05 August 2011

more culture than christian

I think the ongoing (perhaps eternal) struggle with evangelicalism is that it is trying desperately to find itself somewhere between culture and christian. We self-define this endeavor in the context of in-but-not-of, though the discussion seldom reaches serious scriptural examination. When individuals cannot adequately locate themselves on the spectrum of Christlike behavior in a fallen world, then a community of individuals isn't going to look any better. Hence, we have churches that are more culture than christian while the kingdom goes drifting by.

It is somewhat like the parable of the two sons who were called to work in the vineyard (Matthew 21:28-32). The church is full of people who initially responded appropriately to the summons to go and work on behalf of the master, but in the end did not. Of course we have all seen this and know it to be true, but our focus should turn to that transition - the moment when acceptance turned into rejection. For some, it is simply a lack of genuine commitment. For others it was a certain 'yes' that drifted away at some other point.

This drifting away can be pulled apart and examined in many different ways, but one epidemic that is sweeping through our congregations - via the hearts and minds and souls of individual believers - is a stronger affiliation with culture than with Christ. It is a failure to become disciples of Jesus rather than churchgoers or christians (by socio-identification). Being a disciple demands spiritual growth and the transformation of one's identification. Christians-in-name-only do not reflect this because they still operate from a cultural ethic rather than a Jesus ethic.

Hence, we have churches filled with people who hold grudges rather than show forgiveness. We have self-proclaiming believers who handle conflict by separation rather than embrace. Too many churchgoers seek to hold the community of faith hostage by threatening to remove their presence . . . and cash. And, as I have witnessed from close-up, entire churches which operate on this principle do not flinch over the opportunity to act illegally in order to prop themselves up over and against another church and its programs.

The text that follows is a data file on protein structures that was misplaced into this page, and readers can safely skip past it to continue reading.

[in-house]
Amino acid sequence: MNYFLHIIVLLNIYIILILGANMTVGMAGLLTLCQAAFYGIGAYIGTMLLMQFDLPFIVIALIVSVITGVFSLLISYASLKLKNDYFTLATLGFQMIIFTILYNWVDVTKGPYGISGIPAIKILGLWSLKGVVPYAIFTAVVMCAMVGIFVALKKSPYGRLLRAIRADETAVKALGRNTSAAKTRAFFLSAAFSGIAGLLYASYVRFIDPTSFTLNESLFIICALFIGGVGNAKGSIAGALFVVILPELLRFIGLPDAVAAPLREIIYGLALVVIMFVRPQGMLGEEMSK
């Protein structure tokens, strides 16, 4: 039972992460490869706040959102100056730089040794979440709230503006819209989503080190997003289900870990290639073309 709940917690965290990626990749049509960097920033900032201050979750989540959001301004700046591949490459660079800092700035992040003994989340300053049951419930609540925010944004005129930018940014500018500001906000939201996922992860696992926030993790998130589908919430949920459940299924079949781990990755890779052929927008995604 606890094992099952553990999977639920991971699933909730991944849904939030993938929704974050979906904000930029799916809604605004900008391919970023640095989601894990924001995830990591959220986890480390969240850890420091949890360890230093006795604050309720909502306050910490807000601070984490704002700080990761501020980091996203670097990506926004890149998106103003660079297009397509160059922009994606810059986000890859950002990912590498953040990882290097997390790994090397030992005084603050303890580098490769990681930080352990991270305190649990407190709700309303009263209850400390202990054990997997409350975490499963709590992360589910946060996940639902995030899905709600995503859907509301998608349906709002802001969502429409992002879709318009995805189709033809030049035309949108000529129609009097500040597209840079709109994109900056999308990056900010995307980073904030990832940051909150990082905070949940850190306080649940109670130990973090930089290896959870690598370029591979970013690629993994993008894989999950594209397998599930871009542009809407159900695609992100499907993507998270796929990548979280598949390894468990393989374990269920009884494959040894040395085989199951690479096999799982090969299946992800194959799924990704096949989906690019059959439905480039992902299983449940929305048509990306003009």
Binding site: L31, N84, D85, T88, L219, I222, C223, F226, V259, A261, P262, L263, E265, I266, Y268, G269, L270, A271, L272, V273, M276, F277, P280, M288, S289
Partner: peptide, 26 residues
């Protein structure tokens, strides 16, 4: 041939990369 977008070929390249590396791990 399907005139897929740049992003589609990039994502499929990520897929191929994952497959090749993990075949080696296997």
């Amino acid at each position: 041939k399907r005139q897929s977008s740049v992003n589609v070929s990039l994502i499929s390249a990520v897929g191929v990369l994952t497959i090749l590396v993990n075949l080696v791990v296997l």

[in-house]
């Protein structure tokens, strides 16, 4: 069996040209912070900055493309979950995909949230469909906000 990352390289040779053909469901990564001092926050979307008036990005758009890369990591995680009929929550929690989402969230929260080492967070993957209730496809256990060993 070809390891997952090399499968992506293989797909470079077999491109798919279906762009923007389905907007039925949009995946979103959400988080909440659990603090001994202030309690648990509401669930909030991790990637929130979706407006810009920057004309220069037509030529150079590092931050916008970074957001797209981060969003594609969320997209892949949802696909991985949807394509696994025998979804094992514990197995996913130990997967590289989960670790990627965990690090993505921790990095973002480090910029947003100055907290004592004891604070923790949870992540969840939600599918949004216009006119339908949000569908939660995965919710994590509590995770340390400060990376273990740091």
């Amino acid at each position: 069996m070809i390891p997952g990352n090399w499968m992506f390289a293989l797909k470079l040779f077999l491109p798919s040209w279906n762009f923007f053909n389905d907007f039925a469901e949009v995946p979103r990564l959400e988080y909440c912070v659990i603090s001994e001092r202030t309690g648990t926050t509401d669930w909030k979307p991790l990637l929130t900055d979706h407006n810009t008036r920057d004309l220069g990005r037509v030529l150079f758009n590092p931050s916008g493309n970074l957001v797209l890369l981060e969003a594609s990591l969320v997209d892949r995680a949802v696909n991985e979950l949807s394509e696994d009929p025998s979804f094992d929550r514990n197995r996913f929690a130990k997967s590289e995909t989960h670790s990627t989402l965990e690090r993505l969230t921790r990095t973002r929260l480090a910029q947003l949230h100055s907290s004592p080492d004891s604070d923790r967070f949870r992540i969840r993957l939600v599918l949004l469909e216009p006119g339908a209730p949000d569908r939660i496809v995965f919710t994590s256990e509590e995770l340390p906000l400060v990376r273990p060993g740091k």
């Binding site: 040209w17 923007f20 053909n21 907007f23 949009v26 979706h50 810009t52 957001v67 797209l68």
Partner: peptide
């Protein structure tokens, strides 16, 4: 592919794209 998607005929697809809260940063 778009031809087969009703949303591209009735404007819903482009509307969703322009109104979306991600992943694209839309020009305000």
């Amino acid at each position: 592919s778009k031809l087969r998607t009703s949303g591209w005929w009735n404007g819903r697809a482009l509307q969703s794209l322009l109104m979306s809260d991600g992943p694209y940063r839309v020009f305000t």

Which part of our faith is any longer being lived out in fear and trembling?

Those who conform to this world forsake the grace of God insomuch as they live as though their salvation is certain and that they are not like other people. Those who are more culture than christian have no need to look toward heaven and cry, "God have mercy on me, a sinner." And though their hypocritical lives - mouths speaking of mercy and hearts burning of vengeance - might gather around the 'winners' of the world into large groups, they also allow the genuine life of faith to slip through their fingers like sand . . . and miss the kingdom of God.

Christ came to initiate a radical transformation within the hearts and lives of the people of God. The notion of radical transformation means the complete surrendering of who we are to the image of Christ for the sake of others. To follow Jesus demands that we first must follow Paul, who became a slave (one without rights or self-governance) to the Messiah and his new life springing into the world. Without this we simply replicate our own fallenness and multiply the damning of our selves.

But if we could catch for one eternal moment the fire he came to light . . .

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